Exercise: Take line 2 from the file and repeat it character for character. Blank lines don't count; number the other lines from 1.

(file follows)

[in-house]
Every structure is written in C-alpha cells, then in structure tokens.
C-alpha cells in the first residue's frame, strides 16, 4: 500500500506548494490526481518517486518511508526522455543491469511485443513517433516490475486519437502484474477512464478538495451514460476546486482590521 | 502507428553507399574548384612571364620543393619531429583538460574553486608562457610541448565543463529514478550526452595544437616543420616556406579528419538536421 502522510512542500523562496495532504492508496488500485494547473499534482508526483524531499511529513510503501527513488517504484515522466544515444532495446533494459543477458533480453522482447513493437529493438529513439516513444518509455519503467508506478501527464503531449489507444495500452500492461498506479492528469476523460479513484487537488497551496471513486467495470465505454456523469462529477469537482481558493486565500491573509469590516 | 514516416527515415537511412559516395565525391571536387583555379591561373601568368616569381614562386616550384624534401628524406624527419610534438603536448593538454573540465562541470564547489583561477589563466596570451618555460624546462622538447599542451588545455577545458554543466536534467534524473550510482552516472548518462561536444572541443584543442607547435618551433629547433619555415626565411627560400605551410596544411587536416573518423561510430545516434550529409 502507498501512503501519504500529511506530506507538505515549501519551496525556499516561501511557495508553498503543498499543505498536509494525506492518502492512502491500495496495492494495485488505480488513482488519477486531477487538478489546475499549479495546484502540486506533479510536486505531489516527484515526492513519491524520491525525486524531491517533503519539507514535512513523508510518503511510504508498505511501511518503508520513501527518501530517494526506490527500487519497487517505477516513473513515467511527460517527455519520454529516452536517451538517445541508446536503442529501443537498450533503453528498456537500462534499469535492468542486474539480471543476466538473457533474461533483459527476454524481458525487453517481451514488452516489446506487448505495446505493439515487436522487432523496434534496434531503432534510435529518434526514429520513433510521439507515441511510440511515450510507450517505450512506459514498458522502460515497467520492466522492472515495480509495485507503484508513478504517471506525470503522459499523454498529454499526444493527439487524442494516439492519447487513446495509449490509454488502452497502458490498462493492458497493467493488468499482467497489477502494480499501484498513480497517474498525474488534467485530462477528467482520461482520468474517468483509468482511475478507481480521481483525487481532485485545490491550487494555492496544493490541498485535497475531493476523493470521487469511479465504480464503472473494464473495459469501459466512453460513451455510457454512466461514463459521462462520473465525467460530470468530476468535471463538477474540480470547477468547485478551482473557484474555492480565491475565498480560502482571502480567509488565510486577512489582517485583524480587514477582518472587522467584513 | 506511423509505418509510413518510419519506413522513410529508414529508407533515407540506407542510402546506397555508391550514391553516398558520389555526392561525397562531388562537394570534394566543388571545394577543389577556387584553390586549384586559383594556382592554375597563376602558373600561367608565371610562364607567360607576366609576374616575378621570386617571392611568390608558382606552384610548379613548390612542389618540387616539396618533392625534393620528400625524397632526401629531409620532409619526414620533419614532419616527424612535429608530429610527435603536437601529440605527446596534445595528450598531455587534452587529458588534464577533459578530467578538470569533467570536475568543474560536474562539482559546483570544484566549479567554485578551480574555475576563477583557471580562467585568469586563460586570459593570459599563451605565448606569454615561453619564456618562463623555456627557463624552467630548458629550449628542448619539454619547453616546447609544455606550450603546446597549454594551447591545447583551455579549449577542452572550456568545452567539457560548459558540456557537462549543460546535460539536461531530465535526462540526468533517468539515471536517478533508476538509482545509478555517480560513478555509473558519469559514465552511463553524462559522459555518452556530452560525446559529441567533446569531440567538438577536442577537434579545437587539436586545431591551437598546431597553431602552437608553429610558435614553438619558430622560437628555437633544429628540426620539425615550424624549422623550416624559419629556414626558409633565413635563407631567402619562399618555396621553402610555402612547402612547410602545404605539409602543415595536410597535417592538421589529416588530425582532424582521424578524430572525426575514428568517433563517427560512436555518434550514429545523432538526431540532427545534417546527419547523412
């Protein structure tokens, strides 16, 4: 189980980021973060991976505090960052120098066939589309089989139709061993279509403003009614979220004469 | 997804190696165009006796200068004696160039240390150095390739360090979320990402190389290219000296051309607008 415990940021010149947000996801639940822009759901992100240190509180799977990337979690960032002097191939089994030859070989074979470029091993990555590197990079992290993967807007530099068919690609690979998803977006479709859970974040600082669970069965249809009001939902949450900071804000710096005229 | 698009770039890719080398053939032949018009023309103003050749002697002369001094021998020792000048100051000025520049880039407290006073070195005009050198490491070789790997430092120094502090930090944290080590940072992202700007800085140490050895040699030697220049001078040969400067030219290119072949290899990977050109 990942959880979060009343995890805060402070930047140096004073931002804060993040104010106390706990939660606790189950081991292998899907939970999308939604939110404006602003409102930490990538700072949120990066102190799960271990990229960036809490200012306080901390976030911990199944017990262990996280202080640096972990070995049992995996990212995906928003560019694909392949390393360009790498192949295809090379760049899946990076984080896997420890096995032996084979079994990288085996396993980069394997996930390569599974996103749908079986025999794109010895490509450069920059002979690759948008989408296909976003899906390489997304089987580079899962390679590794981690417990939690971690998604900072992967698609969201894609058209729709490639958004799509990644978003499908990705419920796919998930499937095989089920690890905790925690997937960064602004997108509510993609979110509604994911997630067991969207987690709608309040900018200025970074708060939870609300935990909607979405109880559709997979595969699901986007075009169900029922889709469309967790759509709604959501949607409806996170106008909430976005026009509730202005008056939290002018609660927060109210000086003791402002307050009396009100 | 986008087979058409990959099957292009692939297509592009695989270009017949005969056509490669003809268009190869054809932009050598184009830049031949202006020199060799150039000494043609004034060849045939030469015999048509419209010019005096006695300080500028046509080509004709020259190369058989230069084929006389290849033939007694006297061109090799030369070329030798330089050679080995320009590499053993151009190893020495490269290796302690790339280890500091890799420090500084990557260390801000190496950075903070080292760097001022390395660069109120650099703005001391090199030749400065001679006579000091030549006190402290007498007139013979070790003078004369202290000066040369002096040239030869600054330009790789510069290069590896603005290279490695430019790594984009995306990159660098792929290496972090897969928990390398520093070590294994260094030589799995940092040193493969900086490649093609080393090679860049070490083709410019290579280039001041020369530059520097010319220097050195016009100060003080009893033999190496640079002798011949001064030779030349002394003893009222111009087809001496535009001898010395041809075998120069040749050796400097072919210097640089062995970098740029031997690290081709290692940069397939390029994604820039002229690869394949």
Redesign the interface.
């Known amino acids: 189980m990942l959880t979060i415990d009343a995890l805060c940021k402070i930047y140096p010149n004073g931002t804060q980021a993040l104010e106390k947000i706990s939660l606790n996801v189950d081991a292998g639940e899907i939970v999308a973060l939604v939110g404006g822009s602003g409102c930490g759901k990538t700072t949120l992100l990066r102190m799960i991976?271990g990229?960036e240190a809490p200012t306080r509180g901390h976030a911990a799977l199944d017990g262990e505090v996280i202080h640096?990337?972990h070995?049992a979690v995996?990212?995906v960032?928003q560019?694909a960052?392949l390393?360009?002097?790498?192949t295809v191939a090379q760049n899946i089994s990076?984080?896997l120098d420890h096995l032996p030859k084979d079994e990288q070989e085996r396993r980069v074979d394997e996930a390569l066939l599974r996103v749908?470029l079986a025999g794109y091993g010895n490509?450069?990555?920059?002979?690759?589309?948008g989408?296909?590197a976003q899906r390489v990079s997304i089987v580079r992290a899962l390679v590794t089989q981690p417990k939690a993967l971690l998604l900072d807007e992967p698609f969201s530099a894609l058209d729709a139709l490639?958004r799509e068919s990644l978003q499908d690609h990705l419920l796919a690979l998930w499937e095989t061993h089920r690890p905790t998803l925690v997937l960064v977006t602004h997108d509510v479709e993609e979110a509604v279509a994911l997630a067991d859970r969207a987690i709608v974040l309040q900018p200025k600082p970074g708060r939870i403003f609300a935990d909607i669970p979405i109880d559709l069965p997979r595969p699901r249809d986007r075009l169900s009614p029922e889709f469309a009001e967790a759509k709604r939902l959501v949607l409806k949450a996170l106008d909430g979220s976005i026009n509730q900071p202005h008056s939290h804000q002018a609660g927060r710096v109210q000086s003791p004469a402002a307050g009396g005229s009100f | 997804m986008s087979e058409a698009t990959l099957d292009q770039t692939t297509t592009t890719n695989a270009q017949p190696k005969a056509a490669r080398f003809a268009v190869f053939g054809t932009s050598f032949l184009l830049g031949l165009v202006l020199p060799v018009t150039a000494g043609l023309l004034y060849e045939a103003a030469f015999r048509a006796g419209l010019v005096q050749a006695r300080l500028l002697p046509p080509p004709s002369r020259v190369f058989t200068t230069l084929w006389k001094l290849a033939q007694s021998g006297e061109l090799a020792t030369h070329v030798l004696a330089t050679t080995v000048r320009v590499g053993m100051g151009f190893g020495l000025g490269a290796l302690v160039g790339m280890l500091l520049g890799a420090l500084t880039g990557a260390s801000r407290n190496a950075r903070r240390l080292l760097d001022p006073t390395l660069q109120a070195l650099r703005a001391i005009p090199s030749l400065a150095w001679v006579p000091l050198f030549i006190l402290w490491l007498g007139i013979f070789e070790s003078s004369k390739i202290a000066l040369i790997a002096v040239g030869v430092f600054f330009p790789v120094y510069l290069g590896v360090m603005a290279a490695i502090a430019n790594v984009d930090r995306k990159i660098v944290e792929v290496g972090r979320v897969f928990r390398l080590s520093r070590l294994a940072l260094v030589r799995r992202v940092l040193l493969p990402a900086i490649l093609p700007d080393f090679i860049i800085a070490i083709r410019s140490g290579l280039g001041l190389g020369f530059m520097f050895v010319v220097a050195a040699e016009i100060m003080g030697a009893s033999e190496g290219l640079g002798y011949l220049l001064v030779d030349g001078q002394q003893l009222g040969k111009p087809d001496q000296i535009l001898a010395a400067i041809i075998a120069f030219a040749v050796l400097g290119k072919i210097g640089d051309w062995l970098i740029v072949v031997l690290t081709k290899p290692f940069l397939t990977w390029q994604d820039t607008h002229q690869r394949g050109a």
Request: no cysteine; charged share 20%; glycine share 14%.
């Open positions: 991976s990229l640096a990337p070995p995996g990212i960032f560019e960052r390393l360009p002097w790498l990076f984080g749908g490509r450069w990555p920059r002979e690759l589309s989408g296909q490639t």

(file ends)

Every structure is written in C-alpha cells, then in structure tokens.